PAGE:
- History & Culture
Why Easter is celebrated with bunnies and egg hunts
The 2,000-year-old Christian holiday marks the resurrection of Jesus Christ—but some of its modern traditions have pagan origins as symbols of new life.
Chocolate bunnies. Bouquets of lilies and daffodils. Hunting for dyed eggs. For many, Easter functions as the unofficial kickoff of spring—but for Christians around the world, the holiday is the most important celebration of the year.
Rooted in more than 2,000 years of ritual and rite, Easter commemorates the central event in the Christian church: the resurrection of Jesus Christ, which Christians see as fulfilling the biblical prophecy of a messiah who would rise from the dead and give eternal life in heaven to those who believe in him. (Here's what archaeology is telling us about the real Jesus.)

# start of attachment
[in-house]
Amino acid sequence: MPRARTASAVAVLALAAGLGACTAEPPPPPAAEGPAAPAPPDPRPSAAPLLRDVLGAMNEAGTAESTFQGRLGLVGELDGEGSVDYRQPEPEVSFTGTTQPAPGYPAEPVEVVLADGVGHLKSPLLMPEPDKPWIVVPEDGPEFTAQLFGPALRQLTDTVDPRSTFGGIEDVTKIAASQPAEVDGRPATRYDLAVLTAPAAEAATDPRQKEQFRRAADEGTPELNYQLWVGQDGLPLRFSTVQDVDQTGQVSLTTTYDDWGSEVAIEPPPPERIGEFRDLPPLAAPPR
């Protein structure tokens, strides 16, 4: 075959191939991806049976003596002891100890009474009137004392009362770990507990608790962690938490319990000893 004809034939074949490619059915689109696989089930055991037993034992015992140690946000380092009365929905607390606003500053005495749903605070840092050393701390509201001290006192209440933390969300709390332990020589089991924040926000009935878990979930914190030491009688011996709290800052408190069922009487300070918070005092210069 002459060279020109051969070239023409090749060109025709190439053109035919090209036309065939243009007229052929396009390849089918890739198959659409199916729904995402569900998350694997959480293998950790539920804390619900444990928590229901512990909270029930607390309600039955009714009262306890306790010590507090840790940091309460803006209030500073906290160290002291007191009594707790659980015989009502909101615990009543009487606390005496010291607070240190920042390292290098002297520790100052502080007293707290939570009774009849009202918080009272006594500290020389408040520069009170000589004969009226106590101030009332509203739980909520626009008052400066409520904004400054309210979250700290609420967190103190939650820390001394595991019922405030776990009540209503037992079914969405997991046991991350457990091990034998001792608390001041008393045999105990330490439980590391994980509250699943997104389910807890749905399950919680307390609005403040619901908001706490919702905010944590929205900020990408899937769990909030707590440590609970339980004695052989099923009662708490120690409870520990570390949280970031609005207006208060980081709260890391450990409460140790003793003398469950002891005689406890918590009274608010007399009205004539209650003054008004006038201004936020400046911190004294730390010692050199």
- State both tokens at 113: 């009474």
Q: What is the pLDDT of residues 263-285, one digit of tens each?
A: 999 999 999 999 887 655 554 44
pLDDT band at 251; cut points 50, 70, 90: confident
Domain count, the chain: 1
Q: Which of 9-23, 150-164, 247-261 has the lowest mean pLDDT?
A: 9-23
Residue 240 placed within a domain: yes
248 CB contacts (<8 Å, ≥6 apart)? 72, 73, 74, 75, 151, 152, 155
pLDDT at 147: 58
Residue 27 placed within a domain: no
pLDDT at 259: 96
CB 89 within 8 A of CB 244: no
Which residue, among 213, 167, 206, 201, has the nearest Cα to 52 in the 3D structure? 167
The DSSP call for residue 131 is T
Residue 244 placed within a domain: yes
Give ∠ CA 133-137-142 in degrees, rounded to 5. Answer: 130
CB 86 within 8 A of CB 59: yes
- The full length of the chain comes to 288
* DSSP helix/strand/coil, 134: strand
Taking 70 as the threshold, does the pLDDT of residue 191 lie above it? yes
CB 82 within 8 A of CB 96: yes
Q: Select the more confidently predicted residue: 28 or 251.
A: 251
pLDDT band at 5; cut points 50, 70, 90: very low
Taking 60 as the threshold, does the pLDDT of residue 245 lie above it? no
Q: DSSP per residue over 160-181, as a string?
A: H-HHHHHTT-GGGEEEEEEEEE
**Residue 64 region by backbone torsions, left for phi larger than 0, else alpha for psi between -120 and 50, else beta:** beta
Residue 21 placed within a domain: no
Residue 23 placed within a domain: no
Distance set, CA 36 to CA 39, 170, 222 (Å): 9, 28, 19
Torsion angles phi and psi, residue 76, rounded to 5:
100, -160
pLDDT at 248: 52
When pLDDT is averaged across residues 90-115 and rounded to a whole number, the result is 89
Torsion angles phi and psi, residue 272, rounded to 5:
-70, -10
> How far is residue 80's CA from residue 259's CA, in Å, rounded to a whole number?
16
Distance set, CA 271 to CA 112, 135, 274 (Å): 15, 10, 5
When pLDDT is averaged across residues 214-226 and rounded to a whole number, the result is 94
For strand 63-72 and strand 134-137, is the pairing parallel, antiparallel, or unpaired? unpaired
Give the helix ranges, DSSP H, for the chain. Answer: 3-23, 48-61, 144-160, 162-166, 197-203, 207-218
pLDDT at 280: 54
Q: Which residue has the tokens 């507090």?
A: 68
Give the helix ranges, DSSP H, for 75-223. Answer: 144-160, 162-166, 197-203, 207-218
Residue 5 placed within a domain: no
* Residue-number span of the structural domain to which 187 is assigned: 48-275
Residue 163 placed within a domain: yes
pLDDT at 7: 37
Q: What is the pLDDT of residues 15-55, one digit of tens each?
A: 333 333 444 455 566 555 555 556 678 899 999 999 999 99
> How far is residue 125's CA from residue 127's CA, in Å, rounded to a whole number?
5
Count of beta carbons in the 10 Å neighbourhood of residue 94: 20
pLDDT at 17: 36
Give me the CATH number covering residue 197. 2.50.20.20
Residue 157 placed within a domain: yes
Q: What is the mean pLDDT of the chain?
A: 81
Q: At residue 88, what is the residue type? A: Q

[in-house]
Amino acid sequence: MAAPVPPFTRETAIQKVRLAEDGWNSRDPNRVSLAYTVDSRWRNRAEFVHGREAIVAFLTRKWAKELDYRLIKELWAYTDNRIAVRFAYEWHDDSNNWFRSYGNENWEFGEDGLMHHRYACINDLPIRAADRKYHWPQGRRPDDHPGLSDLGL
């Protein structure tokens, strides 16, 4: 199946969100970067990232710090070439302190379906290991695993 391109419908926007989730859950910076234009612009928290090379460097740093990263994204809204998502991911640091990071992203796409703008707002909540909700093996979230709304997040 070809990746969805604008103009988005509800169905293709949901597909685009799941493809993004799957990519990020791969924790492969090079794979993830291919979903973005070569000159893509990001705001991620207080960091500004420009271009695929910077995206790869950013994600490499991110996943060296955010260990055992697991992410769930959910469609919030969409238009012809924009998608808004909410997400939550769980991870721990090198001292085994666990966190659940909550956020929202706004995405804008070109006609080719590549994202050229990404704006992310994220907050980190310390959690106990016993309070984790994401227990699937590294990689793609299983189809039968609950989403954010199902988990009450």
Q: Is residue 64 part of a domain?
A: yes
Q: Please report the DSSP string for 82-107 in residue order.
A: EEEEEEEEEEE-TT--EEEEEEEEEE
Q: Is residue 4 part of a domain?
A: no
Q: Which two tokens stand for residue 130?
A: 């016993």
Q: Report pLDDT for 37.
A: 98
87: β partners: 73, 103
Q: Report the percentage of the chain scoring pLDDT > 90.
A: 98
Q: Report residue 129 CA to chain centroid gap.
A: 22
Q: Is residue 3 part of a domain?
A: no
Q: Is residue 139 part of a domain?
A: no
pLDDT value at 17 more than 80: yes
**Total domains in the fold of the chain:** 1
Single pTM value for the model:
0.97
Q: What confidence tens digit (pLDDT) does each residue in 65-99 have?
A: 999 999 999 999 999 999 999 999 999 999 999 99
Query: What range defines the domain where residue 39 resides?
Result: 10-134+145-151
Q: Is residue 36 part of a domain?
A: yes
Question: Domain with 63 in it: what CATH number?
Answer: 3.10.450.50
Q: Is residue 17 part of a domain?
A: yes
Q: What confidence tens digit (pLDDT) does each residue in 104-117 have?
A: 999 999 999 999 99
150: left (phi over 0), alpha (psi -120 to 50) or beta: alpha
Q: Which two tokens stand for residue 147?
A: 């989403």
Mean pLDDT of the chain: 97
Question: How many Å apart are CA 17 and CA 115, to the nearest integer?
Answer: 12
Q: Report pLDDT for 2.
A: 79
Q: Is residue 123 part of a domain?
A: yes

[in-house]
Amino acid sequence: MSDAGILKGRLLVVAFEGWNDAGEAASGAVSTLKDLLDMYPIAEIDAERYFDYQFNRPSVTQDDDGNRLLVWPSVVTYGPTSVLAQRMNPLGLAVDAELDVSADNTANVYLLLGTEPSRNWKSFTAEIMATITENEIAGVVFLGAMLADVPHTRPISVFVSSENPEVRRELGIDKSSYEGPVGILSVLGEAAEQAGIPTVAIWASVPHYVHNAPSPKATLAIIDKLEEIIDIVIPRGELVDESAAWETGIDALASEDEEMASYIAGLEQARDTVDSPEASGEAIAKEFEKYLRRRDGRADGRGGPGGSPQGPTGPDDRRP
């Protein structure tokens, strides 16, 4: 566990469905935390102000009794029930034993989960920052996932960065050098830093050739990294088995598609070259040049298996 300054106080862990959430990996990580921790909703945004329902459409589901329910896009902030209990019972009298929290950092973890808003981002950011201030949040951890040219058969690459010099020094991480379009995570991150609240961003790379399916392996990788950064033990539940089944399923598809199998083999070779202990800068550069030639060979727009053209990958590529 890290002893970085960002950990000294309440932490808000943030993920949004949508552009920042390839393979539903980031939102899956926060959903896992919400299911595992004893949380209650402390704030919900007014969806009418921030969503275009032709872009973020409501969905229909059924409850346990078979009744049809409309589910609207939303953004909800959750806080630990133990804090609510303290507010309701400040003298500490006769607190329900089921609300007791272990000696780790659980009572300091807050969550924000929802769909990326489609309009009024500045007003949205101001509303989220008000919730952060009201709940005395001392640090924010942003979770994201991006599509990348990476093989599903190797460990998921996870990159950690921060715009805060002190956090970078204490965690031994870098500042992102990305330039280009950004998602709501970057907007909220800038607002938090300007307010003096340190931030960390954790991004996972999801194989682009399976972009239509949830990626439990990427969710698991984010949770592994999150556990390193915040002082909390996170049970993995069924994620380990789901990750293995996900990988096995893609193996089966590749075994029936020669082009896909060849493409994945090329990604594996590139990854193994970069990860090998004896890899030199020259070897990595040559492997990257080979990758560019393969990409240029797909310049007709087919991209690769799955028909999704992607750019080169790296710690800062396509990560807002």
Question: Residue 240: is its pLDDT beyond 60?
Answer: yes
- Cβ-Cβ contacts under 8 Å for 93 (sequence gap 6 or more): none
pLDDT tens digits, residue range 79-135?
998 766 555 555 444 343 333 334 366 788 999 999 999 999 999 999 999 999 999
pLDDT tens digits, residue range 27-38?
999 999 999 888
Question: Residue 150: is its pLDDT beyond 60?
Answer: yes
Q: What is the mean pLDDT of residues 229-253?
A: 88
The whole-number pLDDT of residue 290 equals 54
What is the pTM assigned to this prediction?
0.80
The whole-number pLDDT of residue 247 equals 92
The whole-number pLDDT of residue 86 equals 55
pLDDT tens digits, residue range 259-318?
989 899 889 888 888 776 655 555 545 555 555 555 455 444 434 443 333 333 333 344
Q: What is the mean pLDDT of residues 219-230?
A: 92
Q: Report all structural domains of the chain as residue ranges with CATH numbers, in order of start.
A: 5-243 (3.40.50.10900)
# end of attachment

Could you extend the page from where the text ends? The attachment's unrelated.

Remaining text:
The holiday takes place at the end of Lent, a 40-day season of fasting and repentance that culminates in Holy Week